Why the International Trade Commission is Investigating Nintendo After a Patent Infringement Case

Attribution @BagoGames
Attribution @BagoGames


The United States’ International Trade Commission (ITC) stated on Tuesday that it will investigate Nintendo after a rival gaming console developer alleged that imports of the new Nintendo Switch console with the detachable controllers (which are referred to by Nintendo as joy-cons) infringe its patents.

This is in response to a lawsuit filed by Gamevice, a California-based video game company, against the international gaming giant Nintendo. Gamevice’s lawsuit, which was filed earlier this year on March 29, alleged that Nintendo “unlawfully and unfairly” imported and sold the Nintendo Switch and Switch-related accessories, claiming that such actions violated Gamevice’s patents for handheld gaming devices with detachable controllers. Around seven patents have been referenced throughout the lawsuit, all of which revolve around gaming controllers. Along with seeking damages, costs, attorney’s fees, and interest, Gamevice is also seeking a permanent injunction to bar the imports of the Nintendo’s latest console, the Nintendo Switch, into the U.S.

The ITC said that after considering Gamevice Inc.’s initial complaint, it will probe whether Nintendo Co. Ltd. and its U.S. subsidiary Nintendo of America Inc. has violated Section 337 of the Tariff Act of 1930 by importing and selling products that allegedly infringe Gamevice’s patents. In a statement issued by the ITC, they stated that “[b]y instituting this investigation, the ITC has not yet made any decision on the merits of the case.” The ITC said that it will make its final determination as to whether there was an alleged violation at the “earliest practicable time,” further adding that it would set a target completion date for the probe within 45 days after their investigation commences.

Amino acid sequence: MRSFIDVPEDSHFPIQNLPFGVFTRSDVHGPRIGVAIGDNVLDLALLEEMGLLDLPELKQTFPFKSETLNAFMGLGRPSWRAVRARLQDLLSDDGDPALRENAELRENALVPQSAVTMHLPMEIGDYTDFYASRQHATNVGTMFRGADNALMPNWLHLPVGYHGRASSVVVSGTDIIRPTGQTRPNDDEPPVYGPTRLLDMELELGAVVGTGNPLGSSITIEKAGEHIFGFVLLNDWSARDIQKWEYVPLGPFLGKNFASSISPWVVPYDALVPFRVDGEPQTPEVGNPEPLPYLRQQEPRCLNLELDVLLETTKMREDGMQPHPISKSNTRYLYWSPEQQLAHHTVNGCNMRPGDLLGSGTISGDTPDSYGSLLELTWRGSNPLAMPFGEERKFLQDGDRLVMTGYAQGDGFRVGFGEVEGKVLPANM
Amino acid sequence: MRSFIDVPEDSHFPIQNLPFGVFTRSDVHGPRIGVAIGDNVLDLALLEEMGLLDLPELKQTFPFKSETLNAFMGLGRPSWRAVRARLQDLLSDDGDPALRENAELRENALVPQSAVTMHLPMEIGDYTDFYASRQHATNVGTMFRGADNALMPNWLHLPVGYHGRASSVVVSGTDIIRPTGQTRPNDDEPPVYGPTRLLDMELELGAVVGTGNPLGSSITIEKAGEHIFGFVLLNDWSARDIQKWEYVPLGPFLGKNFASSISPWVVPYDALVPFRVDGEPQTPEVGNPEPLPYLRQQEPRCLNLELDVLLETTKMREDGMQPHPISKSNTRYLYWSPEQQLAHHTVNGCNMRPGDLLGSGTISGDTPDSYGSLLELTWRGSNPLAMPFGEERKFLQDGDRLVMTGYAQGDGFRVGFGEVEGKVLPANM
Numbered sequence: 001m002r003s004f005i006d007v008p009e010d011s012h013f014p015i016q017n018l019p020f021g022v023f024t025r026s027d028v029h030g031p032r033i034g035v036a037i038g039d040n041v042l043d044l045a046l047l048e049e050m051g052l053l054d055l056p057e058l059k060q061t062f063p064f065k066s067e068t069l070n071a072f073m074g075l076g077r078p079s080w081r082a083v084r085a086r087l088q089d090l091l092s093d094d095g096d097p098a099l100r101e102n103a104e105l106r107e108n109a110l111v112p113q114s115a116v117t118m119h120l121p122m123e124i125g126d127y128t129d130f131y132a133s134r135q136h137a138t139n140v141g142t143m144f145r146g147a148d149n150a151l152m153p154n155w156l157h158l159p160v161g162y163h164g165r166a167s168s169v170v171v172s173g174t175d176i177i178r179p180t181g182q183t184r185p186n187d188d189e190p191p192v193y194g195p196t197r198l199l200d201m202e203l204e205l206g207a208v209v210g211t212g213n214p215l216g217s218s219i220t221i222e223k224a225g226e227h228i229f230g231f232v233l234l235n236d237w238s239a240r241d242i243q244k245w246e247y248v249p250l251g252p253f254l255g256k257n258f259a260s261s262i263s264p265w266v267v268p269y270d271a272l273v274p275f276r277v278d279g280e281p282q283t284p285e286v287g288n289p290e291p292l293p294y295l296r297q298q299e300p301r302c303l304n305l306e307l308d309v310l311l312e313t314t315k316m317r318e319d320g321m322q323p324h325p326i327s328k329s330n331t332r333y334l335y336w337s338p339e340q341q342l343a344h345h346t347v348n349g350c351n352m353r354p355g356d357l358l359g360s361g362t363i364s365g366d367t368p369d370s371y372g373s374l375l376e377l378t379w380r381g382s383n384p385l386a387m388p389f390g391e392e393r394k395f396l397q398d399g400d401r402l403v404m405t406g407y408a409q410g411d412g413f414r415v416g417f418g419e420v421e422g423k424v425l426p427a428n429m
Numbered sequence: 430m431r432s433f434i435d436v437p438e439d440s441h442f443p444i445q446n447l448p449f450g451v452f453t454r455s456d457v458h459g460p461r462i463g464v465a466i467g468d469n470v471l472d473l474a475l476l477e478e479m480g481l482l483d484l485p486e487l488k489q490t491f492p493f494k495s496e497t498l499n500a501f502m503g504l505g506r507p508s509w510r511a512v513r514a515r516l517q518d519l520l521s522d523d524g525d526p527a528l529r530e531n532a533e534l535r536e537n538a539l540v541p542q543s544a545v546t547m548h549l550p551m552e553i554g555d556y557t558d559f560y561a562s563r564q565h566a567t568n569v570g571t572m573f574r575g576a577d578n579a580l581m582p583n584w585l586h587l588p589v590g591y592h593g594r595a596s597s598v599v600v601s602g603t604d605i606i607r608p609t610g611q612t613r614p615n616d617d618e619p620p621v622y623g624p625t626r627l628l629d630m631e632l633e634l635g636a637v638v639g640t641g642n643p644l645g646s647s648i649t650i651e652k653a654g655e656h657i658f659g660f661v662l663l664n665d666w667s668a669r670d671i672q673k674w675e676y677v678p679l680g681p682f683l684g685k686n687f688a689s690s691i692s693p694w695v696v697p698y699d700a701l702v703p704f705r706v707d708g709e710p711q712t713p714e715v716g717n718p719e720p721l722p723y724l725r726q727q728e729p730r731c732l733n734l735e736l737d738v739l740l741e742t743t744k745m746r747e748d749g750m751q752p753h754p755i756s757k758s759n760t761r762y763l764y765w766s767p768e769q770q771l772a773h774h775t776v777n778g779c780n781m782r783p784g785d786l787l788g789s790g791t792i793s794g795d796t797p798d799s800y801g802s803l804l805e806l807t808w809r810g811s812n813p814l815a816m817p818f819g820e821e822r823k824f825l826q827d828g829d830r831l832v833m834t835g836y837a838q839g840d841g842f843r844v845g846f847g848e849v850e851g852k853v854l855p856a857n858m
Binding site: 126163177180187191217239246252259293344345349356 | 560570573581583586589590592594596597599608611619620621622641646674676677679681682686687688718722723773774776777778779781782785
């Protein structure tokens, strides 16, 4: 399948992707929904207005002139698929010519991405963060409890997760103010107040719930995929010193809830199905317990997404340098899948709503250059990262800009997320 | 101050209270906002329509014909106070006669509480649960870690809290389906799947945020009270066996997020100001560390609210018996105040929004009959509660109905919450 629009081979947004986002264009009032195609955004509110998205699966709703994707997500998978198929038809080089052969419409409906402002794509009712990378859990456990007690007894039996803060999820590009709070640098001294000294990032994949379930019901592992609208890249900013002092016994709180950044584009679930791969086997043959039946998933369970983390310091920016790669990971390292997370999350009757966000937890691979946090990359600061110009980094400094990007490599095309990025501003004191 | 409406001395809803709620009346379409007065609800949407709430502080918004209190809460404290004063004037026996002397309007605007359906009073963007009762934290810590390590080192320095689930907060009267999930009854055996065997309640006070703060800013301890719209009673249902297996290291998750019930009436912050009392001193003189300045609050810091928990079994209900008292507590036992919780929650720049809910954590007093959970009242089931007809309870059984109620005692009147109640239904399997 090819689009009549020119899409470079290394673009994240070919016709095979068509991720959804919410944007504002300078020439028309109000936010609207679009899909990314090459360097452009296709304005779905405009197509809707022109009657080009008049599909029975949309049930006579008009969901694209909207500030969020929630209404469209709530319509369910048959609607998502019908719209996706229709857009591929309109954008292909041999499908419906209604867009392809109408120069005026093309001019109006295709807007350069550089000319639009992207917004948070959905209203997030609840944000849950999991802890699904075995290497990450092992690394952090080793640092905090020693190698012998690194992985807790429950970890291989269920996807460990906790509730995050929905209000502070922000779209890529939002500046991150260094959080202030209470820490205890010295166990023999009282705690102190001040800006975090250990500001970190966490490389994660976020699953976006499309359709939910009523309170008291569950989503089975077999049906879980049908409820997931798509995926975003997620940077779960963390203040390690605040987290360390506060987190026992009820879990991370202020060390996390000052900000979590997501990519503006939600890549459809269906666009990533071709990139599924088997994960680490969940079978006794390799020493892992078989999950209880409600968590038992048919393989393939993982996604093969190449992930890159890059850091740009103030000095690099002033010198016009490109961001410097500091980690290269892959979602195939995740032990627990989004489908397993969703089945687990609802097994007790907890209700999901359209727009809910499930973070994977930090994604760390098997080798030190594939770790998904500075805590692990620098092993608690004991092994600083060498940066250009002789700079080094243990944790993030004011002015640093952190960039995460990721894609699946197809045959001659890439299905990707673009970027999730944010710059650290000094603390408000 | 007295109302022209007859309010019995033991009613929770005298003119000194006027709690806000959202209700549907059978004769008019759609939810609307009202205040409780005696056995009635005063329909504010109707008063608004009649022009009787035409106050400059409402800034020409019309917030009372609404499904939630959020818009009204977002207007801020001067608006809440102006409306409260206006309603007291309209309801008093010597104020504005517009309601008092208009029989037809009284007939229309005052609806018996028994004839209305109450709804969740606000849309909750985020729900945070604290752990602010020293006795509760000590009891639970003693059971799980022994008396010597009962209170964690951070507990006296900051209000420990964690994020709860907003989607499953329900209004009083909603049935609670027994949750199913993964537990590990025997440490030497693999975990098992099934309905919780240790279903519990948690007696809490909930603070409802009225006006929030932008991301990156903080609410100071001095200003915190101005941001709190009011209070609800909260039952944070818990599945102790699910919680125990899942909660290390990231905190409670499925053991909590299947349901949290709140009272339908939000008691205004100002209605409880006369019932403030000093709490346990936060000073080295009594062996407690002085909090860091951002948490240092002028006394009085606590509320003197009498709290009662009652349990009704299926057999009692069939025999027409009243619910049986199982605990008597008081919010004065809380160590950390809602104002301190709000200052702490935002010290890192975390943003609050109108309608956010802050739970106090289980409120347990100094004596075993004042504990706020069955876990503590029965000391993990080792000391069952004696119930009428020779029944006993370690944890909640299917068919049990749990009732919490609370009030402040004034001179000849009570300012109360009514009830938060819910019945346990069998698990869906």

This is not the first time that this company has decided to wage war with Nintendo. Back in August, Gamevice previously sued Nintendo for the exact same reason, raising a different patent in issue that is in the same family as the patents in this current lawsuit. Although the prior suit was dismissed without prejudice in October (meaning that Gamevice could bring this same lawsuit to court again if they chose to), Gamevice claims that the prior lawsuit put Nintendo on notice of the asserted patents.

A Nintendo of America spokesman told Law360 on Wednesday that “[w]e have nothing to announce on this topic.”

If you personally would like to look into this case more, the case name is Gamevice, Inc. v. Nintendo Co., Ltd. et. al., U.S. District Court for the Northern District of California, No. 3:18-cv-01942. You can view the complaint filed for this case here.

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